Here is an excerpt from a story.

Mary: I was pregnant.

Doctor: You are still. Your fetus is safe.

(Mary met with an accident and was admitted to a hospital.)

  • 1
    You are still [pregnant]. Compare: Have you eaten? -- Yes, I have. May 7, 2018 at 19:28

3 Answers 3


It has a subject and a verb and conveys a complete thought; it is a complete sentence. However, "You still are" sounds better.

  • 2
    "You are still" is more dramatic, probably too dramatic for the context.
    – Andrew
    May 7, 2018 at 18:21

I'm not sure what you mean by "a complete sentence." Plenty of sentences shorter than that one can stand on their own, given the right context. For example, Mary may have been in a doctor's office a few months prior, and the conversation may have gone like this:

Mary: Am I pregnant?

Doctor: Yes.

Then, later that afternoon:

Mary: I am pregnant.

Mary's mother: Congratulations!

According to Wikipedia:

A sentence is a set of words that in principle tells a complete thought (although it may make little sense taken in isolation out of context); thus it may be a simple phrase, but it conveys enough meaning to imply a clause, even if it is not explicit. For example, "Two" as a sentence (in answer to the question "How many were there?") implies the clause "There were two". Typically a sentence contains a subject and predicate. A sentence can also be defined purely in orthographic terms, as a group of words starting with a capital letter and ending in a full stop.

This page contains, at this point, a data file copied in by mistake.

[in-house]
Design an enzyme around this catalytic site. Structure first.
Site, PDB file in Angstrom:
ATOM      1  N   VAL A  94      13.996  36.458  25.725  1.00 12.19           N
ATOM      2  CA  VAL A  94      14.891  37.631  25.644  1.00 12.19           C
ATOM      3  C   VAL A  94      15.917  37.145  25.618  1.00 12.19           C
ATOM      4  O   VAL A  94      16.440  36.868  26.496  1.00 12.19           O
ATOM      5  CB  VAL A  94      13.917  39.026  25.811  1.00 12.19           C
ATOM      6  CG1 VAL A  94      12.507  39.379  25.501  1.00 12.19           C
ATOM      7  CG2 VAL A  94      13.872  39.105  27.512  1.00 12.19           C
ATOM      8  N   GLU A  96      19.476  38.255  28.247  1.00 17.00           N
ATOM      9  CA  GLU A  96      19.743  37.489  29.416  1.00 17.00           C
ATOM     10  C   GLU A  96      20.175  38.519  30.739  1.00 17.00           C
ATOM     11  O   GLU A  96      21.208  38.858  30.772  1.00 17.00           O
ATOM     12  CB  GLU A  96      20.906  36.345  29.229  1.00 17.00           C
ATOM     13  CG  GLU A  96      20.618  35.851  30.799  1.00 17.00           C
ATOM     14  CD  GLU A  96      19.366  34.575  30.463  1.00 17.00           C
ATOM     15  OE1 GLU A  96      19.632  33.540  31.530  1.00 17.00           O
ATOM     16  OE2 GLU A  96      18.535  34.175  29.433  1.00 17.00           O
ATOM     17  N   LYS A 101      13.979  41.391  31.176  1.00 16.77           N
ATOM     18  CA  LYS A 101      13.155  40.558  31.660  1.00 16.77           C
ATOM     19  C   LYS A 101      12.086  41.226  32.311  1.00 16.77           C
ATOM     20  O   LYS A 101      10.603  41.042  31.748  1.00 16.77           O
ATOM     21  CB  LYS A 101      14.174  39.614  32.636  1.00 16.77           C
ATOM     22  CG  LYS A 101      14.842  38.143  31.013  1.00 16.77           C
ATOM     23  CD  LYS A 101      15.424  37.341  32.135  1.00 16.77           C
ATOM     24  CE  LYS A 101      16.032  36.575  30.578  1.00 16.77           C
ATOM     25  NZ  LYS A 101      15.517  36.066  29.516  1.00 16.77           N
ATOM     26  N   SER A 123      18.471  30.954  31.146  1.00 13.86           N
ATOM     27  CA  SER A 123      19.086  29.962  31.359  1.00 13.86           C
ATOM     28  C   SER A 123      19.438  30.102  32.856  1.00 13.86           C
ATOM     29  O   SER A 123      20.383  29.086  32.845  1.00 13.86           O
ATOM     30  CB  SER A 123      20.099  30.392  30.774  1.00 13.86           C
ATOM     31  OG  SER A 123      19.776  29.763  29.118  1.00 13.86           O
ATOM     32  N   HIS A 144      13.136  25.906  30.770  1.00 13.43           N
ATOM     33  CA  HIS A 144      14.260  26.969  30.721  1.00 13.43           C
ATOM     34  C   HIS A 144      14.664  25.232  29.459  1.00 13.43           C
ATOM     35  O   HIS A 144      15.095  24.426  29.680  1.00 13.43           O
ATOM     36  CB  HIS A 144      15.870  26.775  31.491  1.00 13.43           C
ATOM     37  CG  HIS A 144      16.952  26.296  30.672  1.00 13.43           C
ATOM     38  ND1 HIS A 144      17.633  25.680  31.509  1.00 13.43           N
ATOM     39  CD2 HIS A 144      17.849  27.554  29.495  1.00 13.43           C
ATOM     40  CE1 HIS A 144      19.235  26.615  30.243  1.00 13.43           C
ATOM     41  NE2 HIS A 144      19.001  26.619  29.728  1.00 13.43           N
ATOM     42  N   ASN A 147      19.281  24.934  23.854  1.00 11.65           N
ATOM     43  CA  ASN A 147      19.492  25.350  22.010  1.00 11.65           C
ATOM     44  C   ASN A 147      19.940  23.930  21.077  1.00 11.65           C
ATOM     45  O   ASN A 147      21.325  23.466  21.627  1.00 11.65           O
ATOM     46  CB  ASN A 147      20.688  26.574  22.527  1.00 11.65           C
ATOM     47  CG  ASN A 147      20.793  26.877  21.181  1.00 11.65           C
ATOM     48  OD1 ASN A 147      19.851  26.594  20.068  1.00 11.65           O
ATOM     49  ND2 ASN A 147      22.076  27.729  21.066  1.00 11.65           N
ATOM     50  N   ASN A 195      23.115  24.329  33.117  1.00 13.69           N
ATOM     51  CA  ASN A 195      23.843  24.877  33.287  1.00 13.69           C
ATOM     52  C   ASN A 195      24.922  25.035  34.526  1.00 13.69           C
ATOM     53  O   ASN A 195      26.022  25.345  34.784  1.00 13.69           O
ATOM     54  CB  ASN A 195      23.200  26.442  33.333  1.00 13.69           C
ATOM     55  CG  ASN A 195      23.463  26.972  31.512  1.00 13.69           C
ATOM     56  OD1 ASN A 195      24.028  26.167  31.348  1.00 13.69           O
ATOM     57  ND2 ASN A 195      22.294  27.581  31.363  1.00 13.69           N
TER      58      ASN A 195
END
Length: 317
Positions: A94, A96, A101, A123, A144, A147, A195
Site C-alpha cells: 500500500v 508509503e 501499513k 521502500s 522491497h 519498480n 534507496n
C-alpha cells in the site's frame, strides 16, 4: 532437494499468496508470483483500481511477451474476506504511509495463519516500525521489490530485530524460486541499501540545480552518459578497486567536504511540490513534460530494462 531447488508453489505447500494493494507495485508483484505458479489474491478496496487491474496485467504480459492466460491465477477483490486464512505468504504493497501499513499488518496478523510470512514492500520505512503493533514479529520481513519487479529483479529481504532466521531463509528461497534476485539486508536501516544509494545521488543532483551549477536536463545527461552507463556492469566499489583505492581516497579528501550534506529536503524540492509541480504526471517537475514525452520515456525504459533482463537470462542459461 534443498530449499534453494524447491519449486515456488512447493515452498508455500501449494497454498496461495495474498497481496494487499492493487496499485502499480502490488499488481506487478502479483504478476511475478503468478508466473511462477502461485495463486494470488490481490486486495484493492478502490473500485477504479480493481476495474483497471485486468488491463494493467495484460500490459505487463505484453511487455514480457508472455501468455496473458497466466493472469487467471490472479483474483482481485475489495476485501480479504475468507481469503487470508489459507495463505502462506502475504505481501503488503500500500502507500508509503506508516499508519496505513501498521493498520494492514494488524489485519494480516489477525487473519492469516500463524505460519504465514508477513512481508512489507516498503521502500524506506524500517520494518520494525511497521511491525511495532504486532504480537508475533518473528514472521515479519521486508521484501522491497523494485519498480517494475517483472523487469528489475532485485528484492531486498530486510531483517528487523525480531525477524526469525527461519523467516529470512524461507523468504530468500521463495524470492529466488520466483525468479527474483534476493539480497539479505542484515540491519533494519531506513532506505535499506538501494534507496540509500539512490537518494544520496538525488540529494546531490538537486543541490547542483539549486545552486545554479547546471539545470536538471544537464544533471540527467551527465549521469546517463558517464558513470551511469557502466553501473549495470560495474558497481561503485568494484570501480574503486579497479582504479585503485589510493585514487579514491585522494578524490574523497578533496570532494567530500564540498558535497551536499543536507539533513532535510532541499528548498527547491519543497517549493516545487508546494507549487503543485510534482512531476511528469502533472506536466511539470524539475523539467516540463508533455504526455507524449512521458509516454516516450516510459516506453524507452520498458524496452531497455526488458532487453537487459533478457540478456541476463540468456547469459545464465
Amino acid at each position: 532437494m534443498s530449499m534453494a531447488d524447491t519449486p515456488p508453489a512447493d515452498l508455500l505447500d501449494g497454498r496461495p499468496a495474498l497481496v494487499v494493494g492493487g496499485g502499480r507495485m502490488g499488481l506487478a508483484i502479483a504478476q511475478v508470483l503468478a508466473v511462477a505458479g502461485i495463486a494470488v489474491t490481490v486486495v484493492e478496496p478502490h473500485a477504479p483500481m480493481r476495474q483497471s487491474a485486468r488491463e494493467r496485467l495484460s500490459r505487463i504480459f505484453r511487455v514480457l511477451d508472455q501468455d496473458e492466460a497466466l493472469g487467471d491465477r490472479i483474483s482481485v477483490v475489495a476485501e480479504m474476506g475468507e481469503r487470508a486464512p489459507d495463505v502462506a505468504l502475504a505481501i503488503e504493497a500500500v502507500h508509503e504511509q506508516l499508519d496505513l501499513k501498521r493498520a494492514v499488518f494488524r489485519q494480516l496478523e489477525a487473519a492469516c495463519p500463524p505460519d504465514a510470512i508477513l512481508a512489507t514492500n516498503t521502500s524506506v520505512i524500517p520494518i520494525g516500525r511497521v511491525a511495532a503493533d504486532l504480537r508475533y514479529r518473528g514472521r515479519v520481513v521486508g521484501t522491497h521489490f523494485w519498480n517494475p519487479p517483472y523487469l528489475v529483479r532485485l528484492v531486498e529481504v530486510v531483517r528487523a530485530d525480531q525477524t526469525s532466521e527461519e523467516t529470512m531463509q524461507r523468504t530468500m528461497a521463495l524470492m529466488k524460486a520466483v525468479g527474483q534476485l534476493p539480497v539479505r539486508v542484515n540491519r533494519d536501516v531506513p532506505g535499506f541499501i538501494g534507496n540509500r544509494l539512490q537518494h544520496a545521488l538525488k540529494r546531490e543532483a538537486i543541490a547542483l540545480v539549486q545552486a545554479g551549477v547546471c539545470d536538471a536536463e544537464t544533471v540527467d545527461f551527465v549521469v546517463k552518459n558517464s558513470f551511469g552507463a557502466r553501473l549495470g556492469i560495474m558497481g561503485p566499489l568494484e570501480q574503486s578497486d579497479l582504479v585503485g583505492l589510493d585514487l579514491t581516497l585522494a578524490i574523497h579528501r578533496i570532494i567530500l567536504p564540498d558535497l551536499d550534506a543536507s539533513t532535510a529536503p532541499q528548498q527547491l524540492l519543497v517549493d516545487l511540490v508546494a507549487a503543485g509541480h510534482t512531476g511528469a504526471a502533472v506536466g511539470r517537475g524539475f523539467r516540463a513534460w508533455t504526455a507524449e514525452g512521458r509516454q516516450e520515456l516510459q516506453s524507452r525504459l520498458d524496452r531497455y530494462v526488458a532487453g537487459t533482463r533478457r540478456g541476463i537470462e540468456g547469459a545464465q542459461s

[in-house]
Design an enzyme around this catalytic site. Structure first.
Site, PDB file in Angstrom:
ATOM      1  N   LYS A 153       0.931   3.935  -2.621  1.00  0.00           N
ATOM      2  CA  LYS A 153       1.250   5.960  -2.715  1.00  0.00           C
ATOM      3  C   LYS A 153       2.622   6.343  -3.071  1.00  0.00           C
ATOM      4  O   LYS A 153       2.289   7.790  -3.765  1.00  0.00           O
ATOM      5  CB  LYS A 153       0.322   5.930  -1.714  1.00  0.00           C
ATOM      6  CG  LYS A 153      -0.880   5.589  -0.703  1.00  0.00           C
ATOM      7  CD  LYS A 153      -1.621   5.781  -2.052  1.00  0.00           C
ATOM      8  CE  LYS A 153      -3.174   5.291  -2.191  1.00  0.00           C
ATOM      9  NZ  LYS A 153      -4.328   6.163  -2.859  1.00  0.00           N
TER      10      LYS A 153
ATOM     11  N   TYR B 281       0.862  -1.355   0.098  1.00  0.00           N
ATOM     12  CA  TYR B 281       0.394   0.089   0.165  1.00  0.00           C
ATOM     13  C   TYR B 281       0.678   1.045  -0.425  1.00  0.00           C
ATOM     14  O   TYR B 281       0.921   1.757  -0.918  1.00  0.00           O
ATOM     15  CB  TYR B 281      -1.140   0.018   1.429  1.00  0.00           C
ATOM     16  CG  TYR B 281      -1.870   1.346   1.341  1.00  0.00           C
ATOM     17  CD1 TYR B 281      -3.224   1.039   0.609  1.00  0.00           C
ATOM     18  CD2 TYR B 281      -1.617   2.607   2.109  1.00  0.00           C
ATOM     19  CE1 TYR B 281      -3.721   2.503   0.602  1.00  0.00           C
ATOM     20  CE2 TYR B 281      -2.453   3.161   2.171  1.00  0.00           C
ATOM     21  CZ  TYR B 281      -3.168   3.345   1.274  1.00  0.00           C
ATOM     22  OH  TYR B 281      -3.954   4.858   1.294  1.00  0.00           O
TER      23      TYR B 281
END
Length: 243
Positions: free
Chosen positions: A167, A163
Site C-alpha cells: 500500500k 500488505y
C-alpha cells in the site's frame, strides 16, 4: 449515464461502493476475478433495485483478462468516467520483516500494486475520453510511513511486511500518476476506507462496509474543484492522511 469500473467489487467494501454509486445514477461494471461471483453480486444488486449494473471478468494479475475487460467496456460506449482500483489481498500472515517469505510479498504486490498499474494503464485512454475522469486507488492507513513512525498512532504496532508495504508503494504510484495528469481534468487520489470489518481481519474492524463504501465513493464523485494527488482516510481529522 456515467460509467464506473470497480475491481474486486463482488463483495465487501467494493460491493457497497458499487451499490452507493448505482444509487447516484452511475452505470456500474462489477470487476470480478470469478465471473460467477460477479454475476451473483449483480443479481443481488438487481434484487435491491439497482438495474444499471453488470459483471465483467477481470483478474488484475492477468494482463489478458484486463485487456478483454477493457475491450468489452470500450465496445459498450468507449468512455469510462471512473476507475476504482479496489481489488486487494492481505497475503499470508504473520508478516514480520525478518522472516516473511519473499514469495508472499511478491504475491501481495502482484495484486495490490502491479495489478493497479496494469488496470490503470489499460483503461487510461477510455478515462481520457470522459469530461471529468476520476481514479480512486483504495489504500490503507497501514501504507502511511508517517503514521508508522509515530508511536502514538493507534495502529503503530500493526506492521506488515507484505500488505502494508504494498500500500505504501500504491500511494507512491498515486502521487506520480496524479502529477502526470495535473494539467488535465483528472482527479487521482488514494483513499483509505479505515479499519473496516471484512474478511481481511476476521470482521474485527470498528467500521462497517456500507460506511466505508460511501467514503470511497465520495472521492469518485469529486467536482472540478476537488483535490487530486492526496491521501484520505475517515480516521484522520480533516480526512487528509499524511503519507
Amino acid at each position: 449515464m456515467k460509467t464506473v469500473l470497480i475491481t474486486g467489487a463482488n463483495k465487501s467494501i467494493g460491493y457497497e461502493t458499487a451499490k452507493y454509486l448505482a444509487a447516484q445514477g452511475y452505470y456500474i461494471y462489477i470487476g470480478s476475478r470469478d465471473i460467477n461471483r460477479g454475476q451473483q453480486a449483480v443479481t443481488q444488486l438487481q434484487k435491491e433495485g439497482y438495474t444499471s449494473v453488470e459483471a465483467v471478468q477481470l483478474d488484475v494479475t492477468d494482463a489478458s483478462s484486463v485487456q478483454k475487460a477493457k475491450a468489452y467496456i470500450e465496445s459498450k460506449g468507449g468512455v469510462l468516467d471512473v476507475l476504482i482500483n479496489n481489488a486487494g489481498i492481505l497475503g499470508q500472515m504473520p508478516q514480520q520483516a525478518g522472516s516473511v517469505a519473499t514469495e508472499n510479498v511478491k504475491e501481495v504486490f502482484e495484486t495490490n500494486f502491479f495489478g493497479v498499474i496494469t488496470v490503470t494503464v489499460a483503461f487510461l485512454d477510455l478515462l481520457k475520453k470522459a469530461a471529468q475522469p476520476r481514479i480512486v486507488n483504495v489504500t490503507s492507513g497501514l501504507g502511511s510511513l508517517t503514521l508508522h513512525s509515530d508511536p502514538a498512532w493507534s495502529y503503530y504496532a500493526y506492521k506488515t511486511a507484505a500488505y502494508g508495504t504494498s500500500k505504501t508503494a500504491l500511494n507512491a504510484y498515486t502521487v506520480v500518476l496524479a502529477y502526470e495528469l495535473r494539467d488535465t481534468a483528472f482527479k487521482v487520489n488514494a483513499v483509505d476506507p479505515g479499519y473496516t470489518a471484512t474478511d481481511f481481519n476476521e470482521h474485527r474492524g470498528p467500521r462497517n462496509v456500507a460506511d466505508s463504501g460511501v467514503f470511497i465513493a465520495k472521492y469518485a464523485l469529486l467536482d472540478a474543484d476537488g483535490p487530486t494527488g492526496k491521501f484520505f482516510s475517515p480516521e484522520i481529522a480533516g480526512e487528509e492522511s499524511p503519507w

(emphasis added)

If "Two" can be a sentence, so can "You are still" – but I'm curious why it matters in this case.


Mary: I was pregnant. Doctor: You are still. [pregnant implied]

Please note: "You are still." is a sentence by itself but without the context provided by Mary, it would mean: "You are not moving".

It is not necessary to repeat the word pregnant.

There are other adverbs that function like this:

Mary: He was planning to be a sailor.

John: He already is [a sailor].

Basically, you can have an entire conversation in English without repeating the main verb:

And adverbs can often be added to a verb tag without repeating the full idea.

Mary: I wouldn't want to go if you're going to stay out so late.

Patty: You wouldn't?

Mary: No, I probably wouldn't. But you can, if you want to.

Patty: Well, I will for sure.

[That's just a made up example. These kinds of exchanges are very, very ordinary in English and can sometimes go on and on. My example may not be the best, but it shows the idea.]

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